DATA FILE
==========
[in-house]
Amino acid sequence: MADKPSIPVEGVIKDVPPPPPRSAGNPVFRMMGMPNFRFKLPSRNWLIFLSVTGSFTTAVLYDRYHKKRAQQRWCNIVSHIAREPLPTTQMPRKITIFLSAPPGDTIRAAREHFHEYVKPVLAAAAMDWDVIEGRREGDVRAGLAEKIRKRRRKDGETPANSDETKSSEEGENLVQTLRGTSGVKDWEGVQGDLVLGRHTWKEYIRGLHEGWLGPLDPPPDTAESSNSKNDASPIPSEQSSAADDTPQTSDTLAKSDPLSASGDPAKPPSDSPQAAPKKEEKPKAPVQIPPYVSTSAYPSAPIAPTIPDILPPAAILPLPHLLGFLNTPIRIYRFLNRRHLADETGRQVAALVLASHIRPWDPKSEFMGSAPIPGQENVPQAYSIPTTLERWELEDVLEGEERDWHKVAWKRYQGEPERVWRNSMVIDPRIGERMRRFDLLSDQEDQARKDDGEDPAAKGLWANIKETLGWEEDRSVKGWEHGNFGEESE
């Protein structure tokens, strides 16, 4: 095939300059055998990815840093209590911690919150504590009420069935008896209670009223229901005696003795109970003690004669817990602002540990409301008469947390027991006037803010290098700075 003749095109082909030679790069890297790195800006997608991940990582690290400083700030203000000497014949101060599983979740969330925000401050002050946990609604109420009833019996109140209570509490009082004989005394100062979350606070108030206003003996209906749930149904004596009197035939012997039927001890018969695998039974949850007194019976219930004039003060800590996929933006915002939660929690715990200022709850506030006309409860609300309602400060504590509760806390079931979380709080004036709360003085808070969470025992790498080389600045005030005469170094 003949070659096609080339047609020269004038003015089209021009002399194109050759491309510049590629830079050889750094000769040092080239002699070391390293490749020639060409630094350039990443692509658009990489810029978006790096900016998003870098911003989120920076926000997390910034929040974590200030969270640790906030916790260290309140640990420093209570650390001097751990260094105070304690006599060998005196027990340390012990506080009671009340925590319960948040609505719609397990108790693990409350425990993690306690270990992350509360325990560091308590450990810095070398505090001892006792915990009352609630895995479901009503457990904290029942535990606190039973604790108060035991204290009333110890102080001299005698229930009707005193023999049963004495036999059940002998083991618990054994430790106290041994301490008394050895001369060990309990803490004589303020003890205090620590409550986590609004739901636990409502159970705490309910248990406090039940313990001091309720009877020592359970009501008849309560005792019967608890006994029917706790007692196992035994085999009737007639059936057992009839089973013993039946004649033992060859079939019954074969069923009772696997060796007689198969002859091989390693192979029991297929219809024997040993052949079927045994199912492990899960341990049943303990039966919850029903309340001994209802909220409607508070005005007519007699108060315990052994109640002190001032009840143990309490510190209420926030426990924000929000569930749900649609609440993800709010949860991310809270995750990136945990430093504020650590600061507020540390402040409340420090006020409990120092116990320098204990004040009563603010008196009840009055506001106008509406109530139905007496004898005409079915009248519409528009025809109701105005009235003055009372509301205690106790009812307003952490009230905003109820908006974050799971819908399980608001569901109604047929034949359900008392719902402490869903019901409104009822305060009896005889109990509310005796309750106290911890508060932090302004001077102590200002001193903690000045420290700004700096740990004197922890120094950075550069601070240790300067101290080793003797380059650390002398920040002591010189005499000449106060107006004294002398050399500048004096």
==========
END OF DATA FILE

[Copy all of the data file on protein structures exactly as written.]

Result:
[in-house]
Amino acid sequence: MADKPSIPVEGVIKDVPPPPPRSAGNPVFRMMGMPNFRFKLPSRNWLIFLSVTGSFTTAVLYDRYHKKRAQQRWCNIVSHIAREPLPTTQMPRKITIFLSAPPGDTIRAAREHFHEYVKPVLAAAAMDWDVIEGRREGDVRAGLAEKIRKRRRKDGETPANSDETKSSEEGENLVQTLRGTSGVKDWEGVQGDLVLGRHTWKEYIRGLHEGWLGPLDPPPDTAESSNSKNDASPIPSEQSSAADDTPQTSDTLAKSDPLSASGDPAKPPSDSPQAAPKKEEKPKAPVQIPPYVSTSAYPSAPIAPTIPDILPPAAILPLPHLLGFLNTPIRIYRFLNRRHLADETGRQVAALVLASHIRPWDPKSEFMGSAPIPGQENVPQAYSIPTTLERWELEDVLEGEERDWHKVAWKRYQGEPERVWRNSMVIDPRIGERMRRFDLLSDQEDQARKDDGEDPAAKGLWANIKETLGWEEDRSVKGWEHGNFGEESE
């Protein structure tokens, strides 16, 4: 095939300059055998990815840093209590911690919150504590009420069935008896209670009223229901005696003795109970003690004669817990602002540990409301008469947390027991006037803010290098700075 003749095109082909030679790069890297790195800006997608991940990582690290400083700030203000000497014949101060599983979740969330925000401050002050946990609604109420009833019996109140209570509490009082004989005394100062979350606070108030206003003996209906749930149904004596009197035939012997039927001890018969695998039974949850007194019976219930004039003060800590996929933006915002939660929690715990200022709850506030006309409860609300309602400060504590509760806390079931979380709080004036709360003085808070969470025992790498080389600045005030005469170094 003949070659096609080339047609020269004038003015089209021009002399194109050759491309510049590629830079050889750094000769040092080239002699070391390293490749020639060409630094350039990443692509658009990489810029978006790096900016998003870098911003989120920076926000997390910034929040974590200030969270640790906030916790260290309140640990420093209570650390001097751990260094105070304690006599060998005196027990340390012990506080009671009340925590319960948040609505719609397990108790693990409350425990993690306690270990992350509360325990560091308590450990810095070398505090001892006792915990009352609630895995479901009503457990904290029942535990606190039973604790108060035991204290009333110890102080001299005698229930009707005193023999049963004495036999059940002998083991618990054994430790106290041994301490008394050895001369060990309990803490004589303020003890205090620590409550986590609004739901636990409502159970705490309910248990406090039940313990001091309720009877020592359970009501008849309560005792019967608890006994029917706790007692196992035994085999009737007639059936057992009839089973013993039946004649033992060859079939019954074969069923009772696997060796007689198969002859091989390693192979029991297929219809024997040993052949079927045994199912492990899960341990049943303990039966919850029903309340001994209802909220409607508070005005007519007699108060315990052994109640002190001032009840143990309490510190209420926030426990924000929000569930749900649609609440993800709010949860991310809270995750990136945990430093504020650590600061507020540390402040409340420090006020409990120092116990320098204990004040009563603010008196009840009055506001106008509406109530139905007496004898005409079915009248519409528009025809109701105005009235003055009372509301205690106790009812307003952490009230905003109820908006974050799971819908399980608001569901109604047929034949359900008392719902402490869903019901409104009822305060009896005889109990509310005796309750106290911890508060932090302004001077102590200002001193903690000045420290700004700096740990004197922890120094950075550069601070240790300067101290080793003797380059650390002398920040002591010189005499000449106060107006004294002398050399500048004096």